Ann and her daughter Mary often made MOS members laugh at meetings. They were totally themselves, and fussed or teased each other, often surprising visitors who didn't know they were related. Not only was Ann Mary's mother, but she was also her best friend, and seeing their relationship each month was delightful. Ann mothered many of us and made us feel so special. She always made us feel our work was the best, even if we didn't think that ourselves. 

Her sweet smile and encouraging words are definitely missed.







Patsy Kay Taylor Summers
November 5, 1940 - April 2, 2017


Patsy was born in Baytown, Texas. She married William Alton (Bill) Summers on August 7, 1959 soon after graduating from high school. She then followed Bill to Austin, Texas where he was finishing his degree in Petroleum Engineering at the University of Texas at Austin. She began her college education there as well, but that education was interrupted when Patsy found out she was pregnant and when Bill accepted a job with Texaco in Liberty, Texas. In December of 1960, Patsy began her career as a a mother with the birth of Arlene Kay. Her family grew with Valerie Fay, who was born in 1962, and again in 1965 with Kelly Doyle.  Patsy loved her children and grandchildren unconditionally, and as any of her friends would attest, Patsy did not hesitate to share her children's and grandchildren's stories with anyone who would listen.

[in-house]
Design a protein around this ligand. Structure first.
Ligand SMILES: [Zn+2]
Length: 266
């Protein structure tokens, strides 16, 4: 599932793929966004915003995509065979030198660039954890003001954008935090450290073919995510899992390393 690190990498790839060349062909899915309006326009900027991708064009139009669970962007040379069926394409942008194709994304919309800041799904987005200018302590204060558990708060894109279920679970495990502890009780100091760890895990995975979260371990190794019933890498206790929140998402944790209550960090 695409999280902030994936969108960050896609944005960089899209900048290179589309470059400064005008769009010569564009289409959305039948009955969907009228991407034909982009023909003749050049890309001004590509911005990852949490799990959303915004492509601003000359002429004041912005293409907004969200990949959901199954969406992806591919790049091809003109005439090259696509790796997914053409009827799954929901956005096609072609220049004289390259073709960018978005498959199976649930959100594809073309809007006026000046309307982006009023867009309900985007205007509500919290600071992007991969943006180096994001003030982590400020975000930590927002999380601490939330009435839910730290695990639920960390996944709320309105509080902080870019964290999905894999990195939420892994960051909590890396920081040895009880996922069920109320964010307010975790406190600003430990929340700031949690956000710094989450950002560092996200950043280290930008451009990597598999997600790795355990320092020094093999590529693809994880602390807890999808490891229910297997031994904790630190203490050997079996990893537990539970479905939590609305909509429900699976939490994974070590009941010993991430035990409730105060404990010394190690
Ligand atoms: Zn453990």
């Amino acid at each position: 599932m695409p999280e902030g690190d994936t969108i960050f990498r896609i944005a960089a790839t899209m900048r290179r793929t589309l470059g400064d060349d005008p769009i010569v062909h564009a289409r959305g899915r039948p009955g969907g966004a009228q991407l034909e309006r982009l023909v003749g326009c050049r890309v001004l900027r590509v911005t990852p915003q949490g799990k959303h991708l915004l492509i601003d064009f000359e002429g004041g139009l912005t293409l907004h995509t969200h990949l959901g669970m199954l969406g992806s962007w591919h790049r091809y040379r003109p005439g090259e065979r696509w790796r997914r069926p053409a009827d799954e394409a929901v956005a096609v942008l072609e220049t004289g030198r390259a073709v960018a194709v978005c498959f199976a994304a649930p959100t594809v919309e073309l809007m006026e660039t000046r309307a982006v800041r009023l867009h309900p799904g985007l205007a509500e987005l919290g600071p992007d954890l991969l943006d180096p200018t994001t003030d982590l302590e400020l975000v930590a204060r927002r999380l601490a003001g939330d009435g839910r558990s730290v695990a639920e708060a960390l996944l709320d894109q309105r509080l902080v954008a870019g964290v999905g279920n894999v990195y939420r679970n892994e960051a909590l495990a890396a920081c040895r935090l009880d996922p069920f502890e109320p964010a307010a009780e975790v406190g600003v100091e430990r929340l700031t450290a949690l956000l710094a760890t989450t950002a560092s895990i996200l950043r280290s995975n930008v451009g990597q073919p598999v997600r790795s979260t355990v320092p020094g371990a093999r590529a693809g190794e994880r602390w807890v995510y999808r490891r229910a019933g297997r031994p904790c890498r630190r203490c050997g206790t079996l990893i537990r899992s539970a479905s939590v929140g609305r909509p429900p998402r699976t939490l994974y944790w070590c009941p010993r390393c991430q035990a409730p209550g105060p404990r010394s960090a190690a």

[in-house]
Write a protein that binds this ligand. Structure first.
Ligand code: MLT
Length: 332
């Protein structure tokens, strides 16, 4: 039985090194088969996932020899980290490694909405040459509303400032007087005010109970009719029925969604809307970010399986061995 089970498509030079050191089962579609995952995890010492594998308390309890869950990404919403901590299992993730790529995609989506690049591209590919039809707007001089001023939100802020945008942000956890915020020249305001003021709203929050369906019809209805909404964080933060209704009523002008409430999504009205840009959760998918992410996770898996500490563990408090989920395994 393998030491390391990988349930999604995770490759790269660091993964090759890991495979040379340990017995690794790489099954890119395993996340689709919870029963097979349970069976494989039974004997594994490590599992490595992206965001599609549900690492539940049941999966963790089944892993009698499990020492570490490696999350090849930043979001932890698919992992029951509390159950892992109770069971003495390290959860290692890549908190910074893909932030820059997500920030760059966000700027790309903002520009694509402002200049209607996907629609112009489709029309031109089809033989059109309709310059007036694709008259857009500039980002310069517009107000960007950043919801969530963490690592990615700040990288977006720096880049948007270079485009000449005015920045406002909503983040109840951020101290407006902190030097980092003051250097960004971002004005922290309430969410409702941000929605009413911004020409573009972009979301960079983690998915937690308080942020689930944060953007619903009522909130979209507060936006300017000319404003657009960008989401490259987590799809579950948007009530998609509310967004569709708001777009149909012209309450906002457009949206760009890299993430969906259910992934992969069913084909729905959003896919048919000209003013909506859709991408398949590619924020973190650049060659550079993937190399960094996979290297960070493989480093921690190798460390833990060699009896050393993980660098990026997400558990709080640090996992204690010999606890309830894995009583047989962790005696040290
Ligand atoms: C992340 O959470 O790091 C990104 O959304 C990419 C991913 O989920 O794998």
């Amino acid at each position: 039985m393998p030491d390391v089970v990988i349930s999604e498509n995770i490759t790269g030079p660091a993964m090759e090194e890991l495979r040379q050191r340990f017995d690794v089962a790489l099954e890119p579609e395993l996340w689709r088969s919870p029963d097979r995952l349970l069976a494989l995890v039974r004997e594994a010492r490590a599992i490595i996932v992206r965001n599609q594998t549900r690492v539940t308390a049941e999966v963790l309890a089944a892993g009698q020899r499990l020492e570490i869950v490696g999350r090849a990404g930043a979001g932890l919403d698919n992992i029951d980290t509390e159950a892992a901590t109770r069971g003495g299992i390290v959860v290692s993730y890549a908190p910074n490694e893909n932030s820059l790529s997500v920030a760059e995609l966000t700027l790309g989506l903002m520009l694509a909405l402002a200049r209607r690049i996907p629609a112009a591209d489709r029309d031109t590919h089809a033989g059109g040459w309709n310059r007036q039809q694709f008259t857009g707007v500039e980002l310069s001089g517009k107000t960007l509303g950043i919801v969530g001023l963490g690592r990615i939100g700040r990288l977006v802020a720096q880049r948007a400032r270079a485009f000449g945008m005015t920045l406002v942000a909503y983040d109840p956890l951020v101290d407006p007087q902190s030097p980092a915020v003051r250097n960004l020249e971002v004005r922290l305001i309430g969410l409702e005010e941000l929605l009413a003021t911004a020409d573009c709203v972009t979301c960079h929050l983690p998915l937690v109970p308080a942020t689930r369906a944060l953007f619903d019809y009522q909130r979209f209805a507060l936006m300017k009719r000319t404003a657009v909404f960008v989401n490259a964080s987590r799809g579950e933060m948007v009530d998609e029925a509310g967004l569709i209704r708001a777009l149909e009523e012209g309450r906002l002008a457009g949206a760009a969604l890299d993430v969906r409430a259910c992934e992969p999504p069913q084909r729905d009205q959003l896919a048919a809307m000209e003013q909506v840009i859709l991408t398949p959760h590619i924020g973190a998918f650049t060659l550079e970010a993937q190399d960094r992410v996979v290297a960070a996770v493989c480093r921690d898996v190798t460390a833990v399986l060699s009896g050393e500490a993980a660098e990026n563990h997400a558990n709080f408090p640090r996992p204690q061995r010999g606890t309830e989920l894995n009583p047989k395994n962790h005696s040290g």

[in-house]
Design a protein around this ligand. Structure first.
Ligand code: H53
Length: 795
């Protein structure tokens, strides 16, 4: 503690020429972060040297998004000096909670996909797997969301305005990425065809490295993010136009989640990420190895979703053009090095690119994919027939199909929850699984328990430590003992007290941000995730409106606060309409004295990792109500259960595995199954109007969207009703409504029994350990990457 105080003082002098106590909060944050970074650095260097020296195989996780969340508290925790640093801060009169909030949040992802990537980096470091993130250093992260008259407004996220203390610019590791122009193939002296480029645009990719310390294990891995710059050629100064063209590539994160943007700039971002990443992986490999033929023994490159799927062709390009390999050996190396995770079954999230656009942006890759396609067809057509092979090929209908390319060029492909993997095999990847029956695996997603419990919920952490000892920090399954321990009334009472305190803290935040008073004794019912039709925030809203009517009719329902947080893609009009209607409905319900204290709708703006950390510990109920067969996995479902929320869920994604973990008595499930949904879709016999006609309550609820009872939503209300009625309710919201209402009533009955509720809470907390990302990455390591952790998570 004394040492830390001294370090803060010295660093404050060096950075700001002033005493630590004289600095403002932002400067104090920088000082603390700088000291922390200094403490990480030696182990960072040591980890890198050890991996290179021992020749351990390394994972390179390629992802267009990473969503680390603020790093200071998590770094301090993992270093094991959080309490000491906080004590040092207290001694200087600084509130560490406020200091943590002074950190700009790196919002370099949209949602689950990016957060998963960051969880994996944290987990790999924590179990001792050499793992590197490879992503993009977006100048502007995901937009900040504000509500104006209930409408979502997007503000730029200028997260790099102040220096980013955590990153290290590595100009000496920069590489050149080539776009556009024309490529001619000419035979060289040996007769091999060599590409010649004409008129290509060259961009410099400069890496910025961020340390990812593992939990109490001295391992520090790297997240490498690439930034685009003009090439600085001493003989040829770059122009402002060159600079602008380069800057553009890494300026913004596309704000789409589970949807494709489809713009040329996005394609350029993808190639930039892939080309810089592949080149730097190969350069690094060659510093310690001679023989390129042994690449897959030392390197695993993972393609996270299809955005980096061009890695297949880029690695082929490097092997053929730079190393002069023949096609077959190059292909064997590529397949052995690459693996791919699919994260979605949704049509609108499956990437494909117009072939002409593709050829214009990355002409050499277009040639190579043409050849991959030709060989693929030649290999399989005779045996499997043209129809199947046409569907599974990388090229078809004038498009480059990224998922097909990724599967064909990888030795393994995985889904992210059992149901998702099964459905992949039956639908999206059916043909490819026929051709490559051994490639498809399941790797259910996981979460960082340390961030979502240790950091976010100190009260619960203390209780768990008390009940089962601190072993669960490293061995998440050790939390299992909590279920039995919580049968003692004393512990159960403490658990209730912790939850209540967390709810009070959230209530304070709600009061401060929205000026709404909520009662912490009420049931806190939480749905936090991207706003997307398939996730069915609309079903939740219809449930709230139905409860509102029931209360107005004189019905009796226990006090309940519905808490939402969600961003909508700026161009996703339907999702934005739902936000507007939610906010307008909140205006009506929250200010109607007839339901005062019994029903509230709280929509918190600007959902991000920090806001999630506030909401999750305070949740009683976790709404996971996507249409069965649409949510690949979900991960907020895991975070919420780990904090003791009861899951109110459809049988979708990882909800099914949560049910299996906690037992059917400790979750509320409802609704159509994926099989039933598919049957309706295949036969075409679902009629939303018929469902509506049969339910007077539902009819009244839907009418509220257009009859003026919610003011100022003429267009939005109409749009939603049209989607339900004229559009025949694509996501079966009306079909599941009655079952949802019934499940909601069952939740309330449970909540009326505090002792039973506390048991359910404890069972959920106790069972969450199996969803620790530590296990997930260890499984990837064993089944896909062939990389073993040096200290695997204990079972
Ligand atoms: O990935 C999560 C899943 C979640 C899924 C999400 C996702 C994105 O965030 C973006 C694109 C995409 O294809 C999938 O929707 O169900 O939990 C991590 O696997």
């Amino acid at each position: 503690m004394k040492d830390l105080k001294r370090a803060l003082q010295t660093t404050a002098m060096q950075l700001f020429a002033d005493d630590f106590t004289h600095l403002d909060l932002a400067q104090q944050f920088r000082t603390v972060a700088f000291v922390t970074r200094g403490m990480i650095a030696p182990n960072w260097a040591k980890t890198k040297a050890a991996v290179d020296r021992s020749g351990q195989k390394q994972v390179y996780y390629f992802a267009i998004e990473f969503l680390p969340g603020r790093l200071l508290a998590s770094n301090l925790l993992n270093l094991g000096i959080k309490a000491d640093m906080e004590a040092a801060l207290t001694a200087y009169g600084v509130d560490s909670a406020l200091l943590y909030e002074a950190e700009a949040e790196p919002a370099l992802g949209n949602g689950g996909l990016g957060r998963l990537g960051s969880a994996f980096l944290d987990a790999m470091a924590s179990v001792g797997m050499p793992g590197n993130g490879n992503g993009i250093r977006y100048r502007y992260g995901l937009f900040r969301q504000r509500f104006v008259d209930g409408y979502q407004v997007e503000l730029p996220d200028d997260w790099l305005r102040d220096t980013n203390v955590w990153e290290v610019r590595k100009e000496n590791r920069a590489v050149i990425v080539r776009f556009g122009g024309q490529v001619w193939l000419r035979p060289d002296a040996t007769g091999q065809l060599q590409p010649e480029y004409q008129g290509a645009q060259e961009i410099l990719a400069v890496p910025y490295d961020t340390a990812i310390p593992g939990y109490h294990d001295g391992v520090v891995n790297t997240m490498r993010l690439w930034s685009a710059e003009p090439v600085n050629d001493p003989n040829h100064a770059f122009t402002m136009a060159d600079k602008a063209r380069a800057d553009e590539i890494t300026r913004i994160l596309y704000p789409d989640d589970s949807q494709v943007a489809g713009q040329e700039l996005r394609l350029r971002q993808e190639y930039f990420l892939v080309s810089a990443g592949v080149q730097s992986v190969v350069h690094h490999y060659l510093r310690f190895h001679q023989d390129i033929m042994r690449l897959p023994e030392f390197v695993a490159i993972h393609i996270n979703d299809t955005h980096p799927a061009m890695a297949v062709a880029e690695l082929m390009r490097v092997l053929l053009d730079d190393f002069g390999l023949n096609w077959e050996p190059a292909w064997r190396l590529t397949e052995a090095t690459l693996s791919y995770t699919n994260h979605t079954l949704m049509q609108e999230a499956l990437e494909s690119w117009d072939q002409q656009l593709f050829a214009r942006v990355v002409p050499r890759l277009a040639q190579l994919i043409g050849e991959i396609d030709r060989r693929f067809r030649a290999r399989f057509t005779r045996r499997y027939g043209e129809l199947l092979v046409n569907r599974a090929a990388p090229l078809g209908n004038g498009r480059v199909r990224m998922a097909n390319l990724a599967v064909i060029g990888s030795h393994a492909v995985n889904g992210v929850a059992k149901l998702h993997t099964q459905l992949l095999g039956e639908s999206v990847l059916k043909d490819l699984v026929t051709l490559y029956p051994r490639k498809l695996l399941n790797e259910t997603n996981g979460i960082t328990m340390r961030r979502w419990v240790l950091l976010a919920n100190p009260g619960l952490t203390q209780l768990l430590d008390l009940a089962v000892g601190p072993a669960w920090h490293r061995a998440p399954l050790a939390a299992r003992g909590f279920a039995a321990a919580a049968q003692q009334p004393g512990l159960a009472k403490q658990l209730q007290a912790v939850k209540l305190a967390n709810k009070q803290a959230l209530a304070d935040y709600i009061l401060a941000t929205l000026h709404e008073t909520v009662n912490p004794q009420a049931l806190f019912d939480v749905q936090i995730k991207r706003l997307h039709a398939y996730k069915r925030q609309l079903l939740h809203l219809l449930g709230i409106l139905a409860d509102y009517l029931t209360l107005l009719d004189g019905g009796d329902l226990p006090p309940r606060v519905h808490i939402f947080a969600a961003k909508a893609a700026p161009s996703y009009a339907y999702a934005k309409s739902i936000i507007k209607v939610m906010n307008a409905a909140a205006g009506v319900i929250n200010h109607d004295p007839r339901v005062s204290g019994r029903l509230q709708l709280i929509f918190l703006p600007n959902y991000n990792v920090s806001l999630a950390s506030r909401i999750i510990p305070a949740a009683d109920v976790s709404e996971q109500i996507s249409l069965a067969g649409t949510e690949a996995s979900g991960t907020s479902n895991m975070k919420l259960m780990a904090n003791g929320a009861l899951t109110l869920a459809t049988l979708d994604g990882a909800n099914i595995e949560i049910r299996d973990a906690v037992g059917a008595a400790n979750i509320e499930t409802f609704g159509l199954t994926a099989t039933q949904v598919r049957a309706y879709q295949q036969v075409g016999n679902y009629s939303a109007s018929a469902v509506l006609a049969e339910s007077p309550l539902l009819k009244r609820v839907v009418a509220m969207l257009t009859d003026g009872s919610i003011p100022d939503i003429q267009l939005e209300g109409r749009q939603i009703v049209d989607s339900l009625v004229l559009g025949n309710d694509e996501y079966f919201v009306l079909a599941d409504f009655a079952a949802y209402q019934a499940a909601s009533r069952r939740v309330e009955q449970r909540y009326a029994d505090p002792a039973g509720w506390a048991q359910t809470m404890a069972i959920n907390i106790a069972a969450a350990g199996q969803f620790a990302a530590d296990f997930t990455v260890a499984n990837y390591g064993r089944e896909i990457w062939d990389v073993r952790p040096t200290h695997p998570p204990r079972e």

When Arlene was born, Patsy began sewing clothes for her. Patsy studied patterns, talked with other seamstresses, and began to build her collection of patterns, material, and notions, as well as machines. She loved learning more and more about sewing--learning how to make men's suits, how to sew boat cushions to save money for her husband's hobby , and when she became a grandmother, how to smock. She joined the Midnight Oil Smockers chapter of the Smocking Arts Guild of America, and was a very faithful member. She attended every meeting she could, until her health would not allow her to do so any more.

Patsy was preceded in death by her husband of 44 years, William Alton (Bill) Summers, Jr. and her parents, James Harvey Taylor, Jr. and Brooksie Janice McElroy Taylor. Survivors include daughter Arlene Meyer and her husband Chris Meyer and their children Lauren, Andrew and Scott; daughter Valerie Taylor and her husband Kerry Taylor and sons Brian and Sean; son Kelly and his children Travis and Erika; and her cousin Kelly Charles Mudd.


The Midnight Oil Smockers offer their sincere condolences to the families of these two ladies. They made our members, and our chapter overall, much better. We are thankful for the chance to know and experience life with them.

Monday, May 1, 2017

MAY 5: A CINCO DE MAYO SALUTE


Cinco de Mayo: 
This date commemorates the Mexican Army's victory over the French at the Battle of Puebla in 1862. In the U.S., the date has become associated with the celebration of Mexican-American culture. To honor that, we present.......
 Beaded Mexican Smocking




The above image is courtesy of http://beadlust.blogspot.ca/2009_02_01_archive.html.